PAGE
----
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    Laser velocimetry is an optical technique used to make local measurements of mean velocity and turbulence in fluid flows without disturbing them. Laser velocimetry principles are briefly recalled; the optical and mechanical elements making up a velocimeter are described. Their purpose is to create two laser beams of equal intensity which are focused and crossed in a probe volume ¿ where a fringe pattern is formed; the light scattered by submicron particles passing through ¿ is collected by an optics rigidly connected to the emitting optics and focused on a photomultiplier. Among the various signal processing techniques, counters are now widely used, in connection with minicomputers. The different means used to determine the velocity sign and to measure simultaneously two components of the velocity are described; the simultaneous measurement of the three velocity components is more a matter of technology and cost than a theoretical problem. The modular operational velocimeter developed at ONERA is described; as examples of application, some typical results obtained in different aerodynamic flows are reported. View full abstract»

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  • Instrument Fault Detection

    Publication Year: 1978 , Page(s): 456 - 465
    Cited by:  Papers (31)
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    The dedicated observer scheme (DOS) for detecting incipient instrument faults by functional redundancy is applied to a simulation of the lateral axis control system of a hydrofoil boat. Observer designs and detection logic are found for which 14 separate instrument faults are detected without false alarms. The scheme is shown to be robust with respect to variations in two significant physical parameters. View full abstract»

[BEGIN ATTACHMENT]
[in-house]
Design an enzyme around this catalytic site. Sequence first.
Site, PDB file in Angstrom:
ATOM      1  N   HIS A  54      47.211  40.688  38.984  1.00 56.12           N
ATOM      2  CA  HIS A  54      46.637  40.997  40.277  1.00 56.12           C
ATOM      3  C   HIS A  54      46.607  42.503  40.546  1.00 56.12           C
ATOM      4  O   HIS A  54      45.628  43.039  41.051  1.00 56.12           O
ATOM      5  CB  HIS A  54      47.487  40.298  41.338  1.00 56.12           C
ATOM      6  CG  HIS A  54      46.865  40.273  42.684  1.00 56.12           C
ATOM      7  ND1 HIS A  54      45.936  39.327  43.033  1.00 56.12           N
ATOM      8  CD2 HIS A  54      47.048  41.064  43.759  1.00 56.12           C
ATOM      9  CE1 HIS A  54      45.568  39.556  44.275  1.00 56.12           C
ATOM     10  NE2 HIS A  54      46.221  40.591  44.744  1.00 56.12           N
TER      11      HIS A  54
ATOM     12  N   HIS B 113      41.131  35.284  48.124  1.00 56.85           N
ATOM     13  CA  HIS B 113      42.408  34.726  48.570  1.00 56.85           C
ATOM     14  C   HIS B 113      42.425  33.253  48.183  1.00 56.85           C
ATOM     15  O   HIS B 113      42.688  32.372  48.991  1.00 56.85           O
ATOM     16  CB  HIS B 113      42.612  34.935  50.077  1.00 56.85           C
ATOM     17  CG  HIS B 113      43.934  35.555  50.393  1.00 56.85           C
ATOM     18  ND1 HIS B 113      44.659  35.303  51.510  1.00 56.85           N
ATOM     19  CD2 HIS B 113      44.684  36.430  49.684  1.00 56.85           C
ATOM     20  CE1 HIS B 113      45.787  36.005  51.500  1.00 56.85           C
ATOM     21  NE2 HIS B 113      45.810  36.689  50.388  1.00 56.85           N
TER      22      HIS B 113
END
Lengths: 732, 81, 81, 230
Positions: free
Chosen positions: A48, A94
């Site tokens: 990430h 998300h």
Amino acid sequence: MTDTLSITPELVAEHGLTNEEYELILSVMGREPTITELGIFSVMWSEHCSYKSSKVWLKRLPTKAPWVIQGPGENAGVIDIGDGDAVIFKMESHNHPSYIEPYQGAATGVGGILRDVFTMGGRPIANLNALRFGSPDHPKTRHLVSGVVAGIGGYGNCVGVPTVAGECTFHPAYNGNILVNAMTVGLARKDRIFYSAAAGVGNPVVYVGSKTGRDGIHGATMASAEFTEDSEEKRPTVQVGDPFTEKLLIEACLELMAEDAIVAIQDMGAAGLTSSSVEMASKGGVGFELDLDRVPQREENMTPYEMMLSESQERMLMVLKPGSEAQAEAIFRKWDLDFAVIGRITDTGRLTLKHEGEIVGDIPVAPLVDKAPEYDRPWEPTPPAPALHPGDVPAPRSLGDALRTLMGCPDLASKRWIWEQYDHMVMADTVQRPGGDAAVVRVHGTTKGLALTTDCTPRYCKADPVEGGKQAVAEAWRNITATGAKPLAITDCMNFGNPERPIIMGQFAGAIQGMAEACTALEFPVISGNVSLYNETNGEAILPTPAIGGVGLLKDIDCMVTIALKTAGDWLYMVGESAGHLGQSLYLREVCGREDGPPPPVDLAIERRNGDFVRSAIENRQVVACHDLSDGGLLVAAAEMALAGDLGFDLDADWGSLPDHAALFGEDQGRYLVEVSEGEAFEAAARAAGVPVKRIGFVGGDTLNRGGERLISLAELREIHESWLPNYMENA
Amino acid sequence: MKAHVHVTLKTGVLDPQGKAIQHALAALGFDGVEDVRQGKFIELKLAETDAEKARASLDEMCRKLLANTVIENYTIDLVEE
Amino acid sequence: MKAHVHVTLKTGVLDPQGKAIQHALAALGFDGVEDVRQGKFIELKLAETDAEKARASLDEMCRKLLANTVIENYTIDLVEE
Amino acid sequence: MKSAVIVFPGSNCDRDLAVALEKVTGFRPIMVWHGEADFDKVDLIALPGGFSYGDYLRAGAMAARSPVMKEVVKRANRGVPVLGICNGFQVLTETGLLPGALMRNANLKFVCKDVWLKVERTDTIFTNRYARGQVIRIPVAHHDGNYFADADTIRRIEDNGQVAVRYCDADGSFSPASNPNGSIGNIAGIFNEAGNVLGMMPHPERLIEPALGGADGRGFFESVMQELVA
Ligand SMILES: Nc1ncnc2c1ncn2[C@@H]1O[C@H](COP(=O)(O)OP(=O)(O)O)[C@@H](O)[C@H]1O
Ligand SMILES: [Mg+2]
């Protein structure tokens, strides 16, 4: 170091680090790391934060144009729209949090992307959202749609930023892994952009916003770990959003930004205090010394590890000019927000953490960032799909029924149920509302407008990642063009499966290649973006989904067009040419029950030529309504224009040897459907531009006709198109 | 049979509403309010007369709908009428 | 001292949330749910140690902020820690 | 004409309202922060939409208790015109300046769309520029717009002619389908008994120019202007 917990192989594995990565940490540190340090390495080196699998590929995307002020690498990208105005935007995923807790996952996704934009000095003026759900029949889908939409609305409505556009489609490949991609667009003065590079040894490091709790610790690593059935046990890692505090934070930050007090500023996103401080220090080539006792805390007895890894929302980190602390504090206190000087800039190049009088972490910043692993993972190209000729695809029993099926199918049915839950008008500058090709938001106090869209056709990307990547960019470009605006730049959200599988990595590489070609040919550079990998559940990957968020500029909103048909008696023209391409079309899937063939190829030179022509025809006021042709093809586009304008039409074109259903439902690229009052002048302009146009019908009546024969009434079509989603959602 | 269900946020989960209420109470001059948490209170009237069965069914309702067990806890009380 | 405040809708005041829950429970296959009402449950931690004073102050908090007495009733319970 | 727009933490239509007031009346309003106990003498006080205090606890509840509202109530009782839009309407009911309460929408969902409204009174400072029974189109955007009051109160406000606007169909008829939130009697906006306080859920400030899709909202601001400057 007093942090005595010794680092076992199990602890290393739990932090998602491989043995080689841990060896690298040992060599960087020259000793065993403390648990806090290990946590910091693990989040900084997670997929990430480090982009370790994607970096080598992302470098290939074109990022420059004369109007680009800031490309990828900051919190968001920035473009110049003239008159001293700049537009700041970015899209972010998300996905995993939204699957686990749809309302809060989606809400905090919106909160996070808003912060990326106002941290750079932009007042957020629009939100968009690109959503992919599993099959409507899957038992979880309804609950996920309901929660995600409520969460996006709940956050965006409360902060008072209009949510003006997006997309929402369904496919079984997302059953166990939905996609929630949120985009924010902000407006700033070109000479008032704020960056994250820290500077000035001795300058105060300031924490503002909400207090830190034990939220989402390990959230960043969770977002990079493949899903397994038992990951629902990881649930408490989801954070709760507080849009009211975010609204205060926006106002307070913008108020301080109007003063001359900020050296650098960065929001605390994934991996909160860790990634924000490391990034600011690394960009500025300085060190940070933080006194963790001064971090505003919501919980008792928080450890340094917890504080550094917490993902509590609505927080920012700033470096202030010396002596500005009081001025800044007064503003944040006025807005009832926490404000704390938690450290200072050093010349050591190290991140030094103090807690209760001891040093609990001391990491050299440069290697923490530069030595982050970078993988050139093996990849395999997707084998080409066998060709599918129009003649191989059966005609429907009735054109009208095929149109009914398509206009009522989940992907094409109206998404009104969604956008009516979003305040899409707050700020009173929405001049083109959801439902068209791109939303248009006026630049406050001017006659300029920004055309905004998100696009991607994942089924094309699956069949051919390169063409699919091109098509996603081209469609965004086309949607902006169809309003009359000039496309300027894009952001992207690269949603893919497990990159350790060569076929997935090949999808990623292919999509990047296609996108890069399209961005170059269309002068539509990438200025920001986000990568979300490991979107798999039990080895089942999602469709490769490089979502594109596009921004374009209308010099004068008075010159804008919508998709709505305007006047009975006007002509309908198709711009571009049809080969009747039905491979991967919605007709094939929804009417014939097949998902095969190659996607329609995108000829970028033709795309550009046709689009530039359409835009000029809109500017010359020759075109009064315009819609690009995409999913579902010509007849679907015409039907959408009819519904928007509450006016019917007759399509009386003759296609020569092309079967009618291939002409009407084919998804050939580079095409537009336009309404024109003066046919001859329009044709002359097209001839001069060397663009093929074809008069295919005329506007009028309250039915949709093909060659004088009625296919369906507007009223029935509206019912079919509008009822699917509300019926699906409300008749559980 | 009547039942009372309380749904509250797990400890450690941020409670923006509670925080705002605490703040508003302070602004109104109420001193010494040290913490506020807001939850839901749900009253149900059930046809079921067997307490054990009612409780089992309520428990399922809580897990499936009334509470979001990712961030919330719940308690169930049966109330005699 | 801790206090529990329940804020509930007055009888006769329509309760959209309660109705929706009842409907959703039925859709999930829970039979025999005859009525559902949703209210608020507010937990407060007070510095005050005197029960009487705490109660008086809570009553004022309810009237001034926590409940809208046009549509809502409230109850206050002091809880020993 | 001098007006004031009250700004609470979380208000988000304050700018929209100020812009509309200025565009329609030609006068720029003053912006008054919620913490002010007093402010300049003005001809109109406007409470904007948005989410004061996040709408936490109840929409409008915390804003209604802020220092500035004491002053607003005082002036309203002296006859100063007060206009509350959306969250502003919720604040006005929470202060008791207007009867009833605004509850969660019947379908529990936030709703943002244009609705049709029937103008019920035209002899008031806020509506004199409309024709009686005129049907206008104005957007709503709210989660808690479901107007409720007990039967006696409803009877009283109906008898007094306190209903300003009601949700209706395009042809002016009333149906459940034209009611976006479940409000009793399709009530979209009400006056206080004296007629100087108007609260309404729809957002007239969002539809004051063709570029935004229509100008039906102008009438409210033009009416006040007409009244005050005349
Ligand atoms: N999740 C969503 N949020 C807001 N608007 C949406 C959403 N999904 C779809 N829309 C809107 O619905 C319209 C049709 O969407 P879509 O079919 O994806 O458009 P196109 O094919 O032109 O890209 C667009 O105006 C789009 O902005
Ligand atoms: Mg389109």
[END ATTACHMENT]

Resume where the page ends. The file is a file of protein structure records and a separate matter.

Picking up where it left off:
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  • Design of Satellite Constellations for Optimal Continuous Coverage

    Publication Year: 1978 , Page(s): 466 - 473
    Cited by:  Papers (15)  |  Patents (13)
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    A satellite-borne sensor can view a region at or above the Earth's surface. The size of this region depends on the satellite's altitude, the maximum range and scan angle of the sensor, the minimum above-the-horizon viewing angle required, the extent in altitude of the region to be viewed, and the maximum altitude of sensor obscuration by the atmosphere. Except for geosynchronous satellites this region moves relative to the Earth, so that constellations of satellites are generally necessary for continuous coverage. Satellite constellations which minimize the number of satellites required for continuous coverage are derived as a function of the angle subtended at the Earth's center by the coverage of a single satellite. This is done for single and triple continuous coverage of the entire Earth and of the polar regions extending to arbitrary latitude. Simple, cogent approximations for the configurations and numbers of satellites are found. Expressions which relate sensor capabilities and surveillance requirements to are presented. Examples are given to illustrate the use and accuracy of the results. View full abstract»

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  • Losses for Frequency Diversity Waveform Systems

    Publication Year: 1978 , Page(s): 474 - 486
    Cited by:  Papers (7)  |  Patents (1)
    Save to Project icon | Request Permissions | Click to expandQuick Abstract | PDF file iconPDF (2607 KB)  

    The use of a frequency diversity waveform to improve target detectability by reducing the fluctuation loss is a well-established technique. The diversity gain is commonly computed under the assumptions of a matched filter processor and the independent fluctuation of the target from channel to channel. Sometimes these conditions are not met and the full diversity gain cannot be obtained. In order to accurately compute the attainable diversity gain, it is necessary to calculate losses that occur only for diversity waveforms. The losses that have been considered are 1) unknown target velocity loss, 2) dependent samples due to small channel-to-channel frequency spacing, 3) linear envelope detector law loss, and 4) constant false alarm rate (CFAR) lpss. View full abstract»